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Legal Case Filed Against Southwest Airlines For Failing To Provide Refunds Following A Flight Schedule Collapse

Legal Case Filed Against Southwest Airlines For Failing To Provide Refunds Following A Flight Schedule Collapse
A legal suit has been filed against the United States based airlines Southwest Airlines by a passenger who claims the airline was unable to provide refunds to a number of passengers who were marooned after the carrier cancelled more than 15,000 flights late last month due to an operational collapse.
In a proposed class action filed on December 30 in federal court in New Orleans , Eric Capdeville alleged that Southwest had breached a contract a little prior to Christmas when the carrier's flight schedule was disrupted.
Even though a pledge made by Southwest to reimburse passengers for expenses was made, Capdeville claims the airline only offered him and his daughter a credit after canceling their Dec. 27 flight from New Orleans to Portland, Oregon and being unable to find alternative transportation.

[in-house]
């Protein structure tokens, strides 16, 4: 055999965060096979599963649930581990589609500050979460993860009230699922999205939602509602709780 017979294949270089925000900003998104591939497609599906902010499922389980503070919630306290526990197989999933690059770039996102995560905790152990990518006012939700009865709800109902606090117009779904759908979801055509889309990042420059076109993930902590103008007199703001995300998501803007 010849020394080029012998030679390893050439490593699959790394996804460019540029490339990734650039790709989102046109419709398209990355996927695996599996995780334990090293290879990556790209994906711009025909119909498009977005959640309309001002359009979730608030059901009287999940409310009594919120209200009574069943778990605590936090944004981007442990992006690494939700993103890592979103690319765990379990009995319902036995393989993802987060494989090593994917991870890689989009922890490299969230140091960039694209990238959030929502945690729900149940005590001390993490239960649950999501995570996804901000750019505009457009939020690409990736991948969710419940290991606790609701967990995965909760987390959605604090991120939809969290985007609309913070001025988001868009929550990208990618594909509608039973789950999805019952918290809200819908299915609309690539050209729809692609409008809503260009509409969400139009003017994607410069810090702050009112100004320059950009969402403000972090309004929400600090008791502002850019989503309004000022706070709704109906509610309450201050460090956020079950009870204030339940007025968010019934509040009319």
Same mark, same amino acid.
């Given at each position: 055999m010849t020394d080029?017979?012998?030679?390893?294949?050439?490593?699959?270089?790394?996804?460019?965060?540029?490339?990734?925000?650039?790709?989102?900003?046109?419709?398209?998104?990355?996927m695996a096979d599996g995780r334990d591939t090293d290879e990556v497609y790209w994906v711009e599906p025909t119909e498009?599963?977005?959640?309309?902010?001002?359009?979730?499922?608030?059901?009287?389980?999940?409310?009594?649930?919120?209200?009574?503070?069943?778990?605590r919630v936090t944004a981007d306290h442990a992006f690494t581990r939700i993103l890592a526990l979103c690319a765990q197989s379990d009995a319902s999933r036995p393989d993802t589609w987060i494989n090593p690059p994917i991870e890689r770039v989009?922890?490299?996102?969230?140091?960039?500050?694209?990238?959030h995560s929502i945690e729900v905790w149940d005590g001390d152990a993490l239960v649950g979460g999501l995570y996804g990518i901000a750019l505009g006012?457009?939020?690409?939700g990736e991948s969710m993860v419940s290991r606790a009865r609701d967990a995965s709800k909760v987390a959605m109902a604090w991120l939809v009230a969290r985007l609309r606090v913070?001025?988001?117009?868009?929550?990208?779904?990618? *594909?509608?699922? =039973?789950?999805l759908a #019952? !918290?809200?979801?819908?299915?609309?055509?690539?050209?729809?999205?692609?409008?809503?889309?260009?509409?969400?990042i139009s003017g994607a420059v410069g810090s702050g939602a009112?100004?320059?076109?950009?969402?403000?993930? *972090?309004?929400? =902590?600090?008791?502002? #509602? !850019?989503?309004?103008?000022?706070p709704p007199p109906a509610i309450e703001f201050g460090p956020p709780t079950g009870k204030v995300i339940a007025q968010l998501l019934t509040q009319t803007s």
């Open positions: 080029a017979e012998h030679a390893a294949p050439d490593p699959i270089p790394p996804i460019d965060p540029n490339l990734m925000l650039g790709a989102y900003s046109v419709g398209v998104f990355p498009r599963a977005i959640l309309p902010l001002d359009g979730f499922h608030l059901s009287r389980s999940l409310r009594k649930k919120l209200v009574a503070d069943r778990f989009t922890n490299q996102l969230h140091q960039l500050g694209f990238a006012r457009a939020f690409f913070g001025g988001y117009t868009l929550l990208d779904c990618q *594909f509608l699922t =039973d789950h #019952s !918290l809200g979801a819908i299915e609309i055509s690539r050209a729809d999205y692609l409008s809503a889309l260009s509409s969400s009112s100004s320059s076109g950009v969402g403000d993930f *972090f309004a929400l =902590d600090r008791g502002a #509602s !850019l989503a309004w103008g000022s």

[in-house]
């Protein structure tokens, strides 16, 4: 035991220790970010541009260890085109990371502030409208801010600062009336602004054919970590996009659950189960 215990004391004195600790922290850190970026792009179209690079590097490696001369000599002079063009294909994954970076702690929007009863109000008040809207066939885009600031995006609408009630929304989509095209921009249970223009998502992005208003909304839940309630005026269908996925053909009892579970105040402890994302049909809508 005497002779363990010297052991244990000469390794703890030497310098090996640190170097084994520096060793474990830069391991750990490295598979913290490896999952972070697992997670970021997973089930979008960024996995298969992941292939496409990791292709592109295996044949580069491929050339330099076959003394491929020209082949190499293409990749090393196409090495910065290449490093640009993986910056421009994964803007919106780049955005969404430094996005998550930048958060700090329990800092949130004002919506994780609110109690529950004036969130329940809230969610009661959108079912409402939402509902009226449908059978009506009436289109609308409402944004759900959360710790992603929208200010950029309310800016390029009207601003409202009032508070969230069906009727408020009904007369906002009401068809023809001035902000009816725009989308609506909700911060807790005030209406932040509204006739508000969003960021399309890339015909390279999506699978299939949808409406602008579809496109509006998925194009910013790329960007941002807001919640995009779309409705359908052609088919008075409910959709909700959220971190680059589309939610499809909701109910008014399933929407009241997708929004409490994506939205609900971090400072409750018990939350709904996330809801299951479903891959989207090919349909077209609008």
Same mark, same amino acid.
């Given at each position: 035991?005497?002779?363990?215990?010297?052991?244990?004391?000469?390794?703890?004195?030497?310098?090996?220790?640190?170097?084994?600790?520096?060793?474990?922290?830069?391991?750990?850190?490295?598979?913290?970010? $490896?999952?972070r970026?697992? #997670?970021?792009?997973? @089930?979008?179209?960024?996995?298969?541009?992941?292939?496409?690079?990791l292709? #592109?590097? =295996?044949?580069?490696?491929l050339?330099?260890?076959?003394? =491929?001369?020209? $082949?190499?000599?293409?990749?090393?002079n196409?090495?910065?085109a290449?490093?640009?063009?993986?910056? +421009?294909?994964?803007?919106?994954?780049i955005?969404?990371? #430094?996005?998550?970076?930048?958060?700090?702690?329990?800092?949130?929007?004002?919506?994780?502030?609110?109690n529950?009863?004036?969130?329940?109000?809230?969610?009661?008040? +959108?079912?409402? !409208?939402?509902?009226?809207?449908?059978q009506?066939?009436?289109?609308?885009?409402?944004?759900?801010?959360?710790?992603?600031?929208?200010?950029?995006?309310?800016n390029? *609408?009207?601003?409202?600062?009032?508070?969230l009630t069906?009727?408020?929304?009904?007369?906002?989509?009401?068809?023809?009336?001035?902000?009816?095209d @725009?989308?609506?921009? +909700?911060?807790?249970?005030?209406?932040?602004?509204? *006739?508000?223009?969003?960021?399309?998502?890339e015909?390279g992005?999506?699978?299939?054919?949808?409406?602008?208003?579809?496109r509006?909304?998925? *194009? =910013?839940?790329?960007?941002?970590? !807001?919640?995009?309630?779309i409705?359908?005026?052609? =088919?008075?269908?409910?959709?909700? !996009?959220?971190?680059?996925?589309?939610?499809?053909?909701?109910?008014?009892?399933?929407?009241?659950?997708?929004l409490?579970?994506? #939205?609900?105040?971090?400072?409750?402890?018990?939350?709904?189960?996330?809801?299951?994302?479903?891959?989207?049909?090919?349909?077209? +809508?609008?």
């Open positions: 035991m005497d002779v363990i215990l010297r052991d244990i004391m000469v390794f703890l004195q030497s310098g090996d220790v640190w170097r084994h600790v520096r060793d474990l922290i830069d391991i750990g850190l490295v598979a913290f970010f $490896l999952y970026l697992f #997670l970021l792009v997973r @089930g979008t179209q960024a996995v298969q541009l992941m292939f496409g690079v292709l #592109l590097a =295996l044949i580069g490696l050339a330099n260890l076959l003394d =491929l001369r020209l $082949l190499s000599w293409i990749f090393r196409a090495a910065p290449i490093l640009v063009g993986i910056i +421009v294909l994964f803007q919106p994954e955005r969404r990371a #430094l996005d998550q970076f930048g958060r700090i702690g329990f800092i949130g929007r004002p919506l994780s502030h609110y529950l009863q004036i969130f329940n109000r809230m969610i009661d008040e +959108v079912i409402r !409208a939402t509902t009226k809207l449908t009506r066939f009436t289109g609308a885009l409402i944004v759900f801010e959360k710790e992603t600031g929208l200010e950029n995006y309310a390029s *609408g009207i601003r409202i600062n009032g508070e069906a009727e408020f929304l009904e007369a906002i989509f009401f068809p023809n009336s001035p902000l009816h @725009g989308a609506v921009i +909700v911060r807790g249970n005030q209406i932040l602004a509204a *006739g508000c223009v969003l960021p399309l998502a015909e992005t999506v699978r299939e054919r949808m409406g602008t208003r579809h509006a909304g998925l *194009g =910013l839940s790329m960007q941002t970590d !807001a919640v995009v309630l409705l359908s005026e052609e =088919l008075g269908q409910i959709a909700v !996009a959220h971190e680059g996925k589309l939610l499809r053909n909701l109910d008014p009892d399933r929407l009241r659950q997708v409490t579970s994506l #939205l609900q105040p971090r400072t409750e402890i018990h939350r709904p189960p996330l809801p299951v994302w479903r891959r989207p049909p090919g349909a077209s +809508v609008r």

Affected passengers "are unable to use their airline tickets due to no fault of their own, and they are not reaping the benefits of their bargain with defendant," according to the complaint.
Capdeville, of Marrero, Louisiana, is suing for compensation on behalf of passengers on Southwest flights canceled since December 24 who did not receive refunds or expense reimbursements.
In a statement, Southwest said it had "several high priority efforts underway to do right by our customers, including processing refunds from canceled flights and reimbursing customers for expenses incurred as a result of the irregular operations."
There were no comments on the issue made by Capdeville's attorney.
Southwest Airlines' meltdown has been blamed on staffing shortages and outdated flight scheduling software.
Southwest has stated that it will reimburse affected passengers for reasonable expenses such as last-minute hotel, rental car, and dining costs; however, this could take several weeks.
On Dec. 30, several days after other airlines had recovered from the storm, the airline resumed largely normal operations.
Transportation Secretary Pete Buttigieg called the disruptions "unacceptable" in a letter to Southwest CEO Bob Jordan on December 29 and said the law requires refunds when carriers cancel flights unless passengers accept rebooking.
The case is Capdeville v. Southwest Airlines Co., No. 22-05590 in the United States District Court for the Eastern District of Louisiana.

Christopher J. Mitchell

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